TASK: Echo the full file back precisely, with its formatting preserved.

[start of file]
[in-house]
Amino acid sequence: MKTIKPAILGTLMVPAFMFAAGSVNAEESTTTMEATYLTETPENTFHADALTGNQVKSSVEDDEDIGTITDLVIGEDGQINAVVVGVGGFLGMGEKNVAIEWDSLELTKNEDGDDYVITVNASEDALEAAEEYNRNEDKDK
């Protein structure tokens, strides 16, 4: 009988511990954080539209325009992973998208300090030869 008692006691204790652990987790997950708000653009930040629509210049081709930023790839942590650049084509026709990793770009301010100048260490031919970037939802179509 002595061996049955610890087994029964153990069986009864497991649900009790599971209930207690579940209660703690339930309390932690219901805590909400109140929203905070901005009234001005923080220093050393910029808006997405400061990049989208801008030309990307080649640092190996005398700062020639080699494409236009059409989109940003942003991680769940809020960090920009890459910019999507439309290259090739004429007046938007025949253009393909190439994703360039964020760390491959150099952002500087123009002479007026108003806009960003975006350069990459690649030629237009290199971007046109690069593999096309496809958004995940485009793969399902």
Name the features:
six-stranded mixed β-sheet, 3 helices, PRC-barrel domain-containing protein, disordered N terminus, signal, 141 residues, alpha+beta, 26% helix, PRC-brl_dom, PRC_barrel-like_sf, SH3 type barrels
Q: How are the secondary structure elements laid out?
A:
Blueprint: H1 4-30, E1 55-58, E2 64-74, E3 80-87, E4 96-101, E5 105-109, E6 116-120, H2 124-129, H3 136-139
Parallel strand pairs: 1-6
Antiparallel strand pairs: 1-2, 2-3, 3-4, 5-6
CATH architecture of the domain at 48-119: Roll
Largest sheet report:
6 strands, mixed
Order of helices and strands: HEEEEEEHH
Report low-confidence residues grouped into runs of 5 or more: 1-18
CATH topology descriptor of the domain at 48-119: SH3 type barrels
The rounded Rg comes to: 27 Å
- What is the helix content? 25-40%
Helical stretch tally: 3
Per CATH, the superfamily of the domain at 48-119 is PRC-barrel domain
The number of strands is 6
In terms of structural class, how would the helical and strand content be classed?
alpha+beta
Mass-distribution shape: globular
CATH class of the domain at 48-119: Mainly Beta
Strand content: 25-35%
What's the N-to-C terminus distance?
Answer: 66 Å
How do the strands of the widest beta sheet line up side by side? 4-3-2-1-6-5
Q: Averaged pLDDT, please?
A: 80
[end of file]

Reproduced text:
[in-house]
Amino acid sequence: MKTIKPAILGTLMVPAFMFAAGSVNAEESTTTMEATYLTETPENTFHADALTGNQVKSSVEDDEDIGTITDLVIGEDGQINAVVVGVGGFLGMGEKNVAIEWDSLELTKNEDGDDYVITVNASEDALEAAEEYNRNEDKDK
């Protein structure tokens, strides 16, 4: 009988511990954080539209325009992973998208300090030869 008692006691204790652990987790997950708000653009930040629509210049081709930023790839942590650049084509026709990793770009301010100048260490031919970037939802179509 002595061996049955610890087994029964153990069986009864497991649900009790599971209930207690579940209660703690339930309390932690219901805590909400109140929203905070901005009234001005923080220093050393910029808006997405400061990049989208801008030309990307080649640092190996005398700062020639080699494409236009059409989109940003942003991680769940809020960090920009890459910019999507439309290259090739004429007046938007025949253009393909190439994703360039964020760390491959150099952002500087123009002479007026108003806009960003975006350069990459690649030629237009290199971007046109690069593999096309496809958004995940485009793969399902």
Name the features:
six-stranded mixed β-sheet, 3 helices, PRC-barrel domain-containing protein, disordered N terminus, signal, 141 residues, alpha+beta, 26% helix, PRC-brl_dom, PRC_barrel-like_sf, SH3 type barrels
Q: How are the secondary structure elements laid out?
A:
Blueprint: H1 4-30, E1 55-58, E2 64-74, E3 80-87, E4 96-101, E5 105-109, E6 116-120, H2 124-129, H3 136-139
Parallel strand pairs: 1-6
Antiparallel strand pairs: 1-2, 2-3, 3-4, 5-6
CATH architecture of the domain at 48-119: Roll
Largest sheet report:
6 strands, mixed
Order of helices and strands: HEEEEEEHH
Report low-confidence residues grouped into runs of 5 or more: 1-18
CATH topology descriptor of the domain at 48-119: SH3 type barrels
The rounded Rg comes to: 27 Å
- What is the helix content? 25-40%
Helical stretch tally: 3
Per CATH, the superfamily of the domain at 48-119 is PRC-barrel domain
The number of strands is 6
In terms of structural class, how would the helical and strand content be classed?
alpha+beta
Mass-distribution shape: globular
CATH class of the domain at 48-119: Mainly Beta
Strand content: 25-35%
What's the N-to-C terminus distance?
Answer: 66 Å
How do the strands of the widest beta sheet line up side by side? 4-3-2-1-6-5
Q: Averaged pLDDT, please?
A: 80